WRITTEN COMMENTS OF THE EUROPEAN ROMA RIGHTS CENTRE, CONCERNING ROMANIA (For Consideration by the Committee on the Rights of the Child at its Pre-session Working Group for the 75th Session 3-7 October 2016) Cover Image

WRITTEN COMMENTS OF THE EUROPEAN ROMA RIGHTS CENTRE, CONCERNING ROMANIA (For Consideration by the Committee on the Rights of the Child at its Pre-session Working Group for the 75th Session 3-7 October 2016)
WRITTEN COMMENTS OF THE EUROPEAN ROMA RIGHTS CENTRE, CONCERNING ROMANIA (For Consideration by the Committee on the Rights of the Child at its Pre-session Working Group for the 75th Session 3-7 October 2016)

Author(s): Specified No Author
Subject(s): Education, International Law, Human Rights and Humanitarian Law, Evaluation research, Social differentiation, Ethnic Minorities Studies
Published by: European Roma Rights Center
Keywords: Romania; Roma; human rights; Romani children; education; discrimination; housing;
Summary/Abstract: The European Roma Rights Centre (ERRC) respectfully submits a list of issues concerning Romania for consideration by the Committee on the Rights of the Child (CRC) at its pre-sessional Working Group for the 75th Session, which will be held from 3rd to 7th October 2016. The ERRC has undertaken regular monitoring of the human rights situation of Roma in Romania and this list of issues reflects the current priorities in our work in Romania. According to current unofficial estimates, Roma in Romania make up approximately 9% of the population (approximately 1,850,000). However, a verified and accurate count remains elusive. According to the final results of the 2011 Census of the Population and Households published on 4 July 2013 by the National Statistics Institute, Romania had a total population of 20.12 million. Among the 18.88 million respondents who self-reported their ethnicity, 621,600 were Roma (3.3%, an increase from 2.46% in the 2002 census). Deeply entrenched anti-Roma attitudes can be vividly seen in the annual surveys carried out by the National Council for Combating Discrimination: in 20053 61% of respondents thought that Roma were a source of shame for Romania, while 52% of respondents went further to say that Roma should not be allowed to travel outside the country. These attitudes have not improved much: in 20134 48% of respondents said that they did not want a Romani work colleague, 41% would not want a Romani neighbour, and 38% would not want any Roma in their municipality. Public authorities are not insulated from these wide-spread and pernicious attitudes; in the absence of robust safeguards these attitudes may translate into violations of the Convention.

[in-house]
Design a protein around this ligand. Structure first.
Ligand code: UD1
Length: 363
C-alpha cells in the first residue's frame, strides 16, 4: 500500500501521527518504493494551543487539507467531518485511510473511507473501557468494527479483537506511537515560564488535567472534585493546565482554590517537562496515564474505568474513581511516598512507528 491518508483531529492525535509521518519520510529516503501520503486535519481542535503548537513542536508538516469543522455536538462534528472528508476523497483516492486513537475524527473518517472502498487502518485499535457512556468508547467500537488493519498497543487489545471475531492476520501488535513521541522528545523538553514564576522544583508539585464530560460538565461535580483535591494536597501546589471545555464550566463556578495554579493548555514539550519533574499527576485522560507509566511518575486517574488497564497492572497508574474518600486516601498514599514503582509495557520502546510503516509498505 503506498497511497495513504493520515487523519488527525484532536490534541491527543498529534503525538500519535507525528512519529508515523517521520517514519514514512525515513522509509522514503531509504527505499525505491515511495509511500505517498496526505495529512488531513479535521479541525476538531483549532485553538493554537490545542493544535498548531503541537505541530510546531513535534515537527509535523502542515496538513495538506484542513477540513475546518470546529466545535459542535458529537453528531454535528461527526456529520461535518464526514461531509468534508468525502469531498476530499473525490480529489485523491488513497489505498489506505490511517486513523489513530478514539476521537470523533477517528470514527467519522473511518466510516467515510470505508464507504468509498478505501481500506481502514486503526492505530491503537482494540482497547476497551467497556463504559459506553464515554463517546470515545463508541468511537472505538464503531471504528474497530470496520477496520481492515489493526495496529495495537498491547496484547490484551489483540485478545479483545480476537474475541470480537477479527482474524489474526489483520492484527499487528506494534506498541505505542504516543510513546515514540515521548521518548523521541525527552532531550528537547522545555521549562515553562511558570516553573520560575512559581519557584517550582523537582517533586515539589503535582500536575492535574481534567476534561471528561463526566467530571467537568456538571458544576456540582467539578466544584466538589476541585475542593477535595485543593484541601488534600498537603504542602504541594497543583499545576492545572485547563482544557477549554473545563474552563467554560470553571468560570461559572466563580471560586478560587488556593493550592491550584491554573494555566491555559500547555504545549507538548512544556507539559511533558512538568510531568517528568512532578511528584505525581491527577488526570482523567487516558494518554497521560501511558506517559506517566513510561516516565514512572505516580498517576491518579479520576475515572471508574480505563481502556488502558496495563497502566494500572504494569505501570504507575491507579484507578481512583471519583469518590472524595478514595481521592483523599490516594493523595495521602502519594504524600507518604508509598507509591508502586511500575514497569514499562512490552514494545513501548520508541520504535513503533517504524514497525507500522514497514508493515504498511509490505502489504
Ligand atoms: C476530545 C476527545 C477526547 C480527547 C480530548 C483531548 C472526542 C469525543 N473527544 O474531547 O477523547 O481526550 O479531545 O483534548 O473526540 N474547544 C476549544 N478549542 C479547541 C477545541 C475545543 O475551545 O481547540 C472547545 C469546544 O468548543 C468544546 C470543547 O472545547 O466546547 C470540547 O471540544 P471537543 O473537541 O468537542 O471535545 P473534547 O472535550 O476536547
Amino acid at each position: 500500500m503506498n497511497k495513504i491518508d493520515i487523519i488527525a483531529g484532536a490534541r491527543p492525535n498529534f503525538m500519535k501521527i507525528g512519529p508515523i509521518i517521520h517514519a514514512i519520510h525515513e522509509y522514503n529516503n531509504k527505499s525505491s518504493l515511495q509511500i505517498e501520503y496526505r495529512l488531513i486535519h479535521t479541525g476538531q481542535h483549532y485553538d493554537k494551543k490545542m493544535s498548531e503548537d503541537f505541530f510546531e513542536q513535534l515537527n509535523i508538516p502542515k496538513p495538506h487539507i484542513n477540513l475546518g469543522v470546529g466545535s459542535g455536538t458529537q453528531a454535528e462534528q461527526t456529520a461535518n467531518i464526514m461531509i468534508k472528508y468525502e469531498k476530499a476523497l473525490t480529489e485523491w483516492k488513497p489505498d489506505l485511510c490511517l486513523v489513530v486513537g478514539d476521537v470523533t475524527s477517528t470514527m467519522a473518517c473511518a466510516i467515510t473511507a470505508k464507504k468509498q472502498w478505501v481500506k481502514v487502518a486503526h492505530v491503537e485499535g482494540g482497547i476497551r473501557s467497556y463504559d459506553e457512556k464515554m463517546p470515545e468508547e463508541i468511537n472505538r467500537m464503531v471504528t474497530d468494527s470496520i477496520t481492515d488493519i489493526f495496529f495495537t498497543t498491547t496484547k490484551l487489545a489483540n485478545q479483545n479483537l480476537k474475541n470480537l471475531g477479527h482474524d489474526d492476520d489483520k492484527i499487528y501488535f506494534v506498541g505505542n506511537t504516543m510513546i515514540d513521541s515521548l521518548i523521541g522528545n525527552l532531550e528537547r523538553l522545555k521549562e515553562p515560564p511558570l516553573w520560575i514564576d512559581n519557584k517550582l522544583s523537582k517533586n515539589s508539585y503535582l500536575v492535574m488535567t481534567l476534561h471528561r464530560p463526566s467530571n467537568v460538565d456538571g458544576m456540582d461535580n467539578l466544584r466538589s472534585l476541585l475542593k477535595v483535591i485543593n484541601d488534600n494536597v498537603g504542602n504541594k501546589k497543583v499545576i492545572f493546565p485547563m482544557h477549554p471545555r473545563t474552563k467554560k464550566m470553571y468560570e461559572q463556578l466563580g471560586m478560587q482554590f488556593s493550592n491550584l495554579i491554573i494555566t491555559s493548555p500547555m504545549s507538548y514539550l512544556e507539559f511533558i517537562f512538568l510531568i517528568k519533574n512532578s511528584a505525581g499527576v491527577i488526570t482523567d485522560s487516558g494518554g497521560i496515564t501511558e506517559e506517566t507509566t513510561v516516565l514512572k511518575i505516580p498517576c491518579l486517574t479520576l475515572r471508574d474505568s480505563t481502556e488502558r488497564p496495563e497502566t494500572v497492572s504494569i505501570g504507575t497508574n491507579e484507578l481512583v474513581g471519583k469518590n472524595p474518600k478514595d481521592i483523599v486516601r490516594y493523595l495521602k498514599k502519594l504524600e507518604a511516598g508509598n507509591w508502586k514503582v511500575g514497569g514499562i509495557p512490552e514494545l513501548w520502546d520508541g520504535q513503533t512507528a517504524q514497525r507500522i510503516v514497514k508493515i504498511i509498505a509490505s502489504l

• Page Count: 7
  • Publication Year: 2016
  • Language: English